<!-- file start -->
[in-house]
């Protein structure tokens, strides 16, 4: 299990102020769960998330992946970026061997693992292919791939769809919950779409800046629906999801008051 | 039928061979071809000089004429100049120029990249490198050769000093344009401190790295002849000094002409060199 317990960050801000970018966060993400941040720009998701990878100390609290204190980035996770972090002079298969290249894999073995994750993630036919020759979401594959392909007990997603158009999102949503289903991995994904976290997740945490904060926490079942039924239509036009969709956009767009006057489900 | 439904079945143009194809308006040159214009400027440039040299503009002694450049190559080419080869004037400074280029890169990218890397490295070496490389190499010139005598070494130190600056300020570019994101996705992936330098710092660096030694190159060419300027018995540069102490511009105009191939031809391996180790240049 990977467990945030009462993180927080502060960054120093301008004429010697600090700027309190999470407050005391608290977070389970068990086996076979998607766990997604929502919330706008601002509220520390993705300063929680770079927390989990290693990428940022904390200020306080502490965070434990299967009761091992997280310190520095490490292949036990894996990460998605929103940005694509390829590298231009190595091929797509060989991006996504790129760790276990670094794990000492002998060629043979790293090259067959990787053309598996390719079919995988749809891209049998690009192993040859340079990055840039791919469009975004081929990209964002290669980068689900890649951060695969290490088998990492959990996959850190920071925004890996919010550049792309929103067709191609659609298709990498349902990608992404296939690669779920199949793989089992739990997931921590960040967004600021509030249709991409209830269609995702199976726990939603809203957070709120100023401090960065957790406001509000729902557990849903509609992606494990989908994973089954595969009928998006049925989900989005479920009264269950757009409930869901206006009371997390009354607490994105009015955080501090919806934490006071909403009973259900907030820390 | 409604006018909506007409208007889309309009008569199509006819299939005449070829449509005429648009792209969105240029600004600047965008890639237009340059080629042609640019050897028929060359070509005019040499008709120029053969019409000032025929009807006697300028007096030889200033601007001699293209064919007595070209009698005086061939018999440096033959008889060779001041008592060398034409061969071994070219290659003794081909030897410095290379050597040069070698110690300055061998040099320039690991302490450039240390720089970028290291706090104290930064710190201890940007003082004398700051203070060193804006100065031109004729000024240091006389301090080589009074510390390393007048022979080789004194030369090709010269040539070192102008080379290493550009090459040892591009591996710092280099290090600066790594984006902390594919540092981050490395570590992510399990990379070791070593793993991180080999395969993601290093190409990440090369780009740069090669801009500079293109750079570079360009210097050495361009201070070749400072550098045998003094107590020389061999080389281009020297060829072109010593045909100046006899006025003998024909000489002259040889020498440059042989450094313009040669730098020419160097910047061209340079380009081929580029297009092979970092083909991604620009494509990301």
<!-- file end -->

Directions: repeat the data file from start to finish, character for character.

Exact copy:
[in-house]
């Protein structure tokens, strides 16, 4: 299990102020769960998330992946970026061997693992292919791939769809919950779409800046629906999801008051 | 039928061979071809000089004429100049120029990249490198050769000093344009401190790295002849000094002409060199 317990960050801000970018966060993400941040720009998701990878100390609290204190980035996770972090002079298969290249894999073995994750993630036919020759979401594959392909007990997603158009999102949503289903991995994904976290997740945490904060926490079942039924239509036009969709956009767009006057489900 | 439904079945143009194809308006040159214009400027440039040299503009002694450049190559080419080869004037400074280029890169990218890397490295070496490389190499010139005598070494130190600056300020570019994101996705992936330098710092660096030694190159060419300027018995540069102490511009105009191939031809391996180790240049 990977467990945030009462993180927080502060960054120093301008004429010697600090700027309190999470407050005391608290977070389970068990086996076979998607766990997604929502919330706008601002509220520390993705300063929680770079927390989990290693990428940022904390200020306080502490965070434990299967009761091992997280310190520095490490292949036990894996990460998605929103940005694509390829590298231009190595091929797509060989991006996504790129760790276990670094794990000492002998060629043979790293090259067959990787053309598996390719079919995988749809891209049998690009192993040859340079990055840039791919469009975004081929990209964002290669980068689900890649951060695969290490088998990492959990996959850190920071925004890996919010550049792309929103067709191609659609298709990498349902990608992404296939690669779920199949793989089992739990997931921590960040967004600021509030249709991409209830269609995702199976726990939603809203957070709120100023401090960065957790406001509000729902557990849903509609992606494990989908994973089954595969009928998006049925989900989005479920009264269950757009409930869901206006009371997390009354607490994105009015955080501090919806934490006071909403009973259900907030820390 | 409604006018909506007409208007889309309009008569199509006819299939005449070829449509005429648009792209969105240029600004600047965008890639237009340059080629042609640019050897028929060359070509005019040499008709120029053969019409000032025929009807006697300028007096030889200033601007001699293209064919007595070209009698005086061939018999440096033959008889060779001041008592060398034409061969071994070219290659003794081909030897410095290379050597040069070698110690300055061998040099320039690991302490450039240390720089970028290291706090104290930064710190201890940007003082004398700051203070060193804006100065031109004729000024240091006389301090080589009074510390390393007048022979080789004194030369090709010269040539070192102008080379290493550009090459040892591009591996710092280099290090600066790594984006902390594919540092981050490395570590992510399990990379070791070593793993991180080999395969993601290093190409990440090369780009740069090669801009500079293109750079570079360009210097050495361009201070070749400072550098045998003094107590020389061999080389281009020297060829072109010593045909100046006899006025003998024909000489002259040889020498440059042989450094313009040669730098020419160097910047061209340079380009081929580029297009092979970092083909991604620009494509990301």